The dealing with non-Saudi nurses, especially if they have the same nationality for example, if they are all Filipino or Indians, they were speaking in their language even during the endorsements. I told them please speak in English, but they just ignored me. Unfortunately, they have a wrong image for Saudi nurses. (Nouf)

Feeling lost

The nursing interns have identified gaps in the organizational structure, particularly in the training department. Specifically, the interns reported that there was no existing organizational structure for training, lack of communication between the administrators and interns, and ambiguous roles for the head nurses and preceptors in handling the nursing interns.

We did not see the objectives of training and the organizational structure. When we faced a problem, they said: “Okay, we will do something to prevent this problem to happen for the next trainees.” I'm wondering why for the next trainees and not us, especially that the administrators were trainees like us a few years ago and they faced the same problems. (Auhood)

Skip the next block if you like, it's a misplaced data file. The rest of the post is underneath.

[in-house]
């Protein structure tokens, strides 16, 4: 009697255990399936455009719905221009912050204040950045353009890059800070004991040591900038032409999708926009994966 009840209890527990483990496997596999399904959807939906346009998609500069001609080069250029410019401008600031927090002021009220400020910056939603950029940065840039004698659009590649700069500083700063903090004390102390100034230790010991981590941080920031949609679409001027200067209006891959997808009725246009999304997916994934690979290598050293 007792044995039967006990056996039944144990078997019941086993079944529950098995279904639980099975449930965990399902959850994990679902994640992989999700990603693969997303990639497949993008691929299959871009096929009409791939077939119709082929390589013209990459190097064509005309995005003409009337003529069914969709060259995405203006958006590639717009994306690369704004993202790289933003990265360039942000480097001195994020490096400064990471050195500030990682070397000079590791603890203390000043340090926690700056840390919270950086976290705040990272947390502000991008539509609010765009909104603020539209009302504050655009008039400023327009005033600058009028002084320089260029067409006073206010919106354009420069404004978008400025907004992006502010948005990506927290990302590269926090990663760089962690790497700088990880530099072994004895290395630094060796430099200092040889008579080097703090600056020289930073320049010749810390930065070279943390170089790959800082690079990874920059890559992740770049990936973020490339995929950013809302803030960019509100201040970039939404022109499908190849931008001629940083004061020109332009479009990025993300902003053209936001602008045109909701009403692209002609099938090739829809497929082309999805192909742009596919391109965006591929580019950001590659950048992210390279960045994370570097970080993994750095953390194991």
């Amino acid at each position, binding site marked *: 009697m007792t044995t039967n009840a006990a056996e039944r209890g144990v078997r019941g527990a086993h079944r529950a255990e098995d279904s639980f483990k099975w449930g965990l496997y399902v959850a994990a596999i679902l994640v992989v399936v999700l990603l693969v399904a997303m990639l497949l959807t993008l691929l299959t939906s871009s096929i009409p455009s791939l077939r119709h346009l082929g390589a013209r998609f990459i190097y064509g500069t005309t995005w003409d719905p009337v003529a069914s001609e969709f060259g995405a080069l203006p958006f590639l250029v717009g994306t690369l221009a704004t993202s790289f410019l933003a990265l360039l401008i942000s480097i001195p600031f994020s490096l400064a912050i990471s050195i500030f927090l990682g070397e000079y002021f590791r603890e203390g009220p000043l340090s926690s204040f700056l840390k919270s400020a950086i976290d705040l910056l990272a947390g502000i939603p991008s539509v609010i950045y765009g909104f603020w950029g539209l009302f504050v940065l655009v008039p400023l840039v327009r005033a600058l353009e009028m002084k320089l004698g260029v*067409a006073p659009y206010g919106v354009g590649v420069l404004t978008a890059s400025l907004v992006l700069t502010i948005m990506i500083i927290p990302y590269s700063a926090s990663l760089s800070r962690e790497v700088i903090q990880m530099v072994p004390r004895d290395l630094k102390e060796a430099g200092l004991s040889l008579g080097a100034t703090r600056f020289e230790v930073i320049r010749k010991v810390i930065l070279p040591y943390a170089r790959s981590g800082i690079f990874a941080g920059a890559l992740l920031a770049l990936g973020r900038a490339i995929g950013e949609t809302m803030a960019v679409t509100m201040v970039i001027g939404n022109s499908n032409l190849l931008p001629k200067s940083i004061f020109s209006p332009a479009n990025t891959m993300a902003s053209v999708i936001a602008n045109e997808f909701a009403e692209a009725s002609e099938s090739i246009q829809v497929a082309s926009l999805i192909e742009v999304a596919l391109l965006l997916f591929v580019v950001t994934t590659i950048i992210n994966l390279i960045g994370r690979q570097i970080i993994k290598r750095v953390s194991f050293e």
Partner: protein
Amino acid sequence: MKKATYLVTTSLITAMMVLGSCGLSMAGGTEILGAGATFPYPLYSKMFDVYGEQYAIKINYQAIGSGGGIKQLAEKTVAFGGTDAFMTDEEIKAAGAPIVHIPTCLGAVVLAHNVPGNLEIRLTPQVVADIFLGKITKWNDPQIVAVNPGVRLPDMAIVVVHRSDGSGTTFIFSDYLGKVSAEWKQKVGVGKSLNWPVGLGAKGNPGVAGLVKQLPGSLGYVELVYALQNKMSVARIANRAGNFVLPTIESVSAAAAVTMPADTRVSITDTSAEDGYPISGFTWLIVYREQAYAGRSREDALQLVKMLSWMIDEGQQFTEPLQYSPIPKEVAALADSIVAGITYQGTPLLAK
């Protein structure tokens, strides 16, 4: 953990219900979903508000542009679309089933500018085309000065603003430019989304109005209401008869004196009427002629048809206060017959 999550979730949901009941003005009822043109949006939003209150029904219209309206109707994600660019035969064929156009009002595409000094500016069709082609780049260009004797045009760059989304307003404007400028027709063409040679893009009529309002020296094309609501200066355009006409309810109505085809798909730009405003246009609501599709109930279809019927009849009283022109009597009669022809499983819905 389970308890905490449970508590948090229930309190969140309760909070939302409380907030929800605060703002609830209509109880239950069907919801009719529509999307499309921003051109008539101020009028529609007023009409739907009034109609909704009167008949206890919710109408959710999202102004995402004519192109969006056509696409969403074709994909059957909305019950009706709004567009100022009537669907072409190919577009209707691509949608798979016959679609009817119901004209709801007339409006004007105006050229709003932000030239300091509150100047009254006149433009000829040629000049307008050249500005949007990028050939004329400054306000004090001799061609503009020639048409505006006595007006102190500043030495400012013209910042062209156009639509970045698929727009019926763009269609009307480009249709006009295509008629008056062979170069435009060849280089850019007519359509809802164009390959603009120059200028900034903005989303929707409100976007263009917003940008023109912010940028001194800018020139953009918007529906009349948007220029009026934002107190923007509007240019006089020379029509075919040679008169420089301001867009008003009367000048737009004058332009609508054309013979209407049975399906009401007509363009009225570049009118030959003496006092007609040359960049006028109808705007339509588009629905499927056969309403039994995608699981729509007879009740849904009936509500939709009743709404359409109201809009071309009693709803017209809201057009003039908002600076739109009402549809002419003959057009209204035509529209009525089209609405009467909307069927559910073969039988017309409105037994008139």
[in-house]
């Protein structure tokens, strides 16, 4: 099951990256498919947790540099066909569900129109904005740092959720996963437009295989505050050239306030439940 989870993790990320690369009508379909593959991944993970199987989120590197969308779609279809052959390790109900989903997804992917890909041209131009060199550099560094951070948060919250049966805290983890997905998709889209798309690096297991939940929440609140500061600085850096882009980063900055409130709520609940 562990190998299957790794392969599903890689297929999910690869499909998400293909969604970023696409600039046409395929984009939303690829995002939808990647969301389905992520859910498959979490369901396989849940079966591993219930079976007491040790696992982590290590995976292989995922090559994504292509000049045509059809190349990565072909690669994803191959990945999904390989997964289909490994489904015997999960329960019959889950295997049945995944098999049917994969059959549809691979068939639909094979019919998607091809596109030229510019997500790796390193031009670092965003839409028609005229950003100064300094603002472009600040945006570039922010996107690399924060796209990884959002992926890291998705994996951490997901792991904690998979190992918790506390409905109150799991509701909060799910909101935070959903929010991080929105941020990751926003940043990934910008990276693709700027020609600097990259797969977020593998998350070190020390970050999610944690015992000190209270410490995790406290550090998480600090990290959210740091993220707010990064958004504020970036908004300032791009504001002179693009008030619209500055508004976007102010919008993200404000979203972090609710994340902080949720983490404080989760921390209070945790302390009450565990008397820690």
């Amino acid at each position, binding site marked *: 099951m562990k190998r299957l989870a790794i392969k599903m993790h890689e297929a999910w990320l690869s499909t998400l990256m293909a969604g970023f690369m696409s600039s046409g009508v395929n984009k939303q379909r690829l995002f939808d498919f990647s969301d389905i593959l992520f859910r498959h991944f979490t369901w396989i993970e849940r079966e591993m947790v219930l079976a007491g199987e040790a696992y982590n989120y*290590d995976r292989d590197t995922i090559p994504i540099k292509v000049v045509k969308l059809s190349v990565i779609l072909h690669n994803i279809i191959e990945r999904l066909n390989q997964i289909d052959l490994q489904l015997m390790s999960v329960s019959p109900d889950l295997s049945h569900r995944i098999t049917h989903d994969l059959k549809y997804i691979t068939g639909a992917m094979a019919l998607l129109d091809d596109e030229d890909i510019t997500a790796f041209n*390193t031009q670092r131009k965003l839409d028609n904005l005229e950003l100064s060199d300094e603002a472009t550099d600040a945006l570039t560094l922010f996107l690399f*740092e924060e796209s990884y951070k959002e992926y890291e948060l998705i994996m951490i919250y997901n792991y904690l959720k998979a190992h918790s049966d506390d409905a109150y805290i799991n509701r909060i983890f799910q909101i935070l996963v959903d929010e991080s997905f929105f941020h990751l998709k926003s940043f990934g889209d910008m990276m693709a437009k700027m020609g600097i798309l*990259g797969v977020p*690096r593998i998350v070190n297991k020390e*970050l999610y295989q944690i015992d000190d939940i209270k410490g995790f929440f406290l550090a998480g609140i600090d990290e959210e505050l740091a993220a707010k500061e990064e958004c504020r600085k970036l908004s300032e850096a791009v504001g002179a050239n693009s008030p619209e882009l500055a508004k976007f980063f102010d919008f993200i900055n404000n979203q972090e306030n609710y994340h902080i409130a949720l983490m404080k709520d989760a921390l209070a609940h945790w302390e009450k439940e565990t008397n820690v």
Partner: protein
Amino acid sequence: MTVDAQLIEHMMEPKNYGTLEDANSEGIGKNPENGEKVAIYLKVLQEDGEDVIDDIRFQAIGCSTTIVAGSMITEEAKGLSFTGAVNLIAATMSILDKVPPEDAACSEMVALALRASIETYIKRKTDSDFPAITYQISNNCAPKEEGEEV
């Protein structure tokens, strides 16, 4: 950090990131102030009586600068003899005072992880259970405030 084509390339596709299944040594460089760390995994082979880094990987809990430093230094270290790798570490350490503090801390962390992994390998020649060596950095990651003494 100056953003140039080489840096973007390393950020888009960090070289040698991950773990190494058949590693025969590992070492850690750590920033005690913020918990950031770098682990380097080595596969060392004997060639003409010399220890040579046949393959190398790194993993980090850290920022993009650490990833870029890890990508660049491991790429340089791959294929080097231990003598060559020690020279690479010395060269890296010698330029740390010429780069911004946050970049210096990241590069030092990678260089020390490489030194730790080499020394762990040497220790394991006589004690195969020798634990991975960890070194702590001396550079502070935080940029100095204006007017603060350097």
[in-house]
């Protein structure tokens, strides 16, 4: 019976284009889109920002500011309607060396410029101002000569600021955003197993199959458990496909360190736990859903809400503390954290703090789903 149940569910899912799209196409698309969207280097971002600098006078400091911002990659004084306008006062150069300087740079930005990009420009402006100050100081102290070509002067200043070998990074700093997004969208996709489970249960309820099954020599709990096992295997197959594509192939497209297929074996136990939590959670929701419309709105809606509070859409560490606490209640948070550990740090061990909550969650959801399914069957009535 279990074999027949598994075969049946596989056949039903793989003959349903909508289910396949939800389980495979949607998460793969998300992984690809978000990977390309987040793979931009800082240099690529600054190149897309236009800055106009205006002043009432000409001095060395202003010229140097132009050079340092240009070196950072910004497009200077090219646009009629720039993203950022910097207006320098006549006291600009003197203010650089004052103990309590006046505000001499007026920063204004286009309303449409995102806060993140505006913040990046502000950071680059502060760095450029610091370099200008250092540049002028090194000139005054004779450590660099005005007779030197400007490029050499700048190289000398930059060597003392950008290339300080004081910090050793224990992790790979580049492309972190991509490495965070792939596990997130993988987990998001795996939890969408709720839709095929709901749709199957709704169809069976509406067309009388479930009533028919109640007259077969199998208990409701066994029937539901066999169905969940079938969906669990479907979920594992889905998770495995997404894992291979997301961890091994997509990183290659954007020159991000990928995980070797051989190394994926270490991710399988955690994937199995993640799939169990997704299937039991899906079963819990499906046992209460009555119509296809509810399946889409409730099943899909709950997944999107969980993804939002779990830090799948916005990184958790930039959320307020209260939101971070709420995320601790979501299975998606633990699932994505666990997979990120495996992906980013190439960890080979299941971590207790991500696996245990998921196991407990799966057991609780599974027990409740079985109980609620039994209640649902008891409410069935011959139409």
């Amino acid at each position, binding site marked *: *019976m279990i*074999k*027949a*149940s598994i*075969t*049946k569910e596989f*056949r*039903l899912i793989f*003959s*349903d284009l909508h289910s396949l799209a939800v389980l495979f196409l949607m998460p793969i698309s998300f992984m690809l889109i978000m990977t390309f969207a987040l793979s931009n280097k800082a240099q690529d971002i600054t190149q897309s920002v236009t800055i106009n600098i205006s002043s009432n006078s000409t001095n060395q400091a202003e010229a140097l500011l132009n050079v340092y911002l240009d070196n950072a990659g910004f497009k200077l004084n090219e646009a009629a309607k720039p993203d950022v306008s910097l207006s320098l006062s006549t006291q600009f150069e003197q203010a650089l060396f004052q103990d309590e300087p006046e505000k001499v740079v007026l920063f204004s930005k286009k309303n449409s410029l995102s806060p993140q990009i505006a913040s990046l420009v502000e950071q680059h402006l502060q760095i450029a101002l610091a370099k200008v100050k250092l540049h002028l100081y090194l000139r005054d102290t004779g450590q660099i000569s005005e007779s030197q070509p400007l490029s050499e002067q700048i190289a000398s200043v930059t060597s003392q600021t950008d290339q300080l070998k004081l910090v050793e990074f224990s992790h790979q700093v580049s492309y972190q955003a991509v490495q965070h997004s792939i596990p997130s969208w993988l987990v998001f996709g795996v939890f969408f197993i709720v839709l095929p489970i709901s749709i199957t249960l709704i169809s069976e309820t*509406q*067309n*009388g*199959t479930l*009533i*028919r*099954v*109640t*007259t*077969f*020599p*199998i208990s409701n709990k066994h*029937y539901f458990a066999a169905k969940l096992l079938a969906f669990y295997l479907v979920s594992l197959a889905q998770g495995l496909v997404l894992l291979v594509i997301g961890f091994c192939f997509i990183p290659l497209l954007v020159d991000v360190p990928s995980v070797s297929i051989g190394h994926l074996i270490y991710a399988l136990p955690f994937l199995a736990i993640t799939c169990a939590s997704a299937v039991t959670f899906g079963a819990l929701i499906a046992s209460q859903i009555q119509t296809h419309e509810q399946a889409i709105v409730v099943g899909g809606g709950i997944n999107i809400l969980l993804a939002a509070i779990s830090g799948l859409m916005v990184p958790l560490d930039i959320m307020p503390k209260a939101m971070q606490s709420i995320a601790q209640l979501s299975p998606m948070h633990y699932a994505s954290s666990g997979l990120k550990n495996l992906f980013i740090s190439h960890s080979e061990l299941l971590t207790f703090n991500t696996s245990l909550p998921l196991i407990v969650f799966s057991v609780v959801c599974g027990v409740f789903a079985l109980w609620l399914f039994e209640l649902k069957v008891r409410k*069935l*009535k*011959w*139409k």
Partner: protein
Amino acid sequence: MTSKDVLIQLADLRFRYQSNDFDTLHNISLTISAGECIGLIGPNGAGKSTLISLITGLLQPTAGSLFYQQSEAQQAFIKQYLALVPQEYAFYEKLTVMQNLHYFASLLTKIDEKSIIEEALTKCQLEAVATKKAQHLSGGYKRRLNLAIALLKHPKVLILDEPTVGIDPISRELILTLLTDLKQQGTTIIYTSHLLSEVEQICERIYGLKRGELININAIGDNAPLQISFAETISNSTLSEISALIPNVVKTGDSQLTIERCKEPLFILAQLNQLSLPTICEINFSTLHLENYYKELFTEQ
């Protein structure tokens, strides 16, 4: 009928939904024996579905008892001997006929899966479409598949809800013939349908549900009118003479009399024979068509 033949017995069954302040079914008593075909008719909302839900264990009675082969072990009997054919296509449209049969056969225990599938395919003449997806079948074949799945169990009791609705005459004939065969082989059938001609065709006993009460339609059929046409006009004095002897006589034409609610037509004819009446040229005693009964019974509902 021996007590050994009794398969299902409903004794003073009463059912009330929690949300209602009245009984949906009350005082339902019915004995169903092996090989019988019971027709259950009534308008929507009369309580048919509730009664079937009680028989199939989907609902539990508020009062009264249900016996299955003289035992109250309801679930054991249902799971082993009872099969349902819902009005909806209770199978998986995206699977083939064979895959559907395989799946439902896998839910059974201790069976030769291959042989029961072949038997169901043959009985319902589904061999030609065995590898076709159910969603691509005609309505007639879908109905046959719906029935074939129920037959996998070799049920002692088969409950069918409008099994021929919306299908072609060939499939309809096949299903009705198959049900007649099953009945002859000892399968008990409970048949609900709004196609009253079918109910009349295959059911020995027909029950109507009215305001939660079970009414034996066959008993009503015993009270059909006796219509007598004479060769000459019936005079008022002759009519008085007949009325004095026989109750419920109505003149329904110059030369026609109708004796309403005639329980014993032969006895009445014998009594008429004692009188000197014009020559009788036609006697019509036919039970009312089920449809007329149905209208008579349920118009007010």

The communication between the trainees and administrators was very poor and chaotic. There is no standard way in the pronouncement of new policies. Sometimes the announcements were disseminated in the form of a formal memorandum, word of mouth, or thru WhatsApp messages in our cellphone. (Reem)

The preceptors do not know about their roles. Also, the head nurses do not know their responsibilities toward us. There were instances that the head nurse did not assign me to any nurse. (Omar)

Most of the participants reported that there is a lack of regular follow-ups from their respective colleges either through call or visit.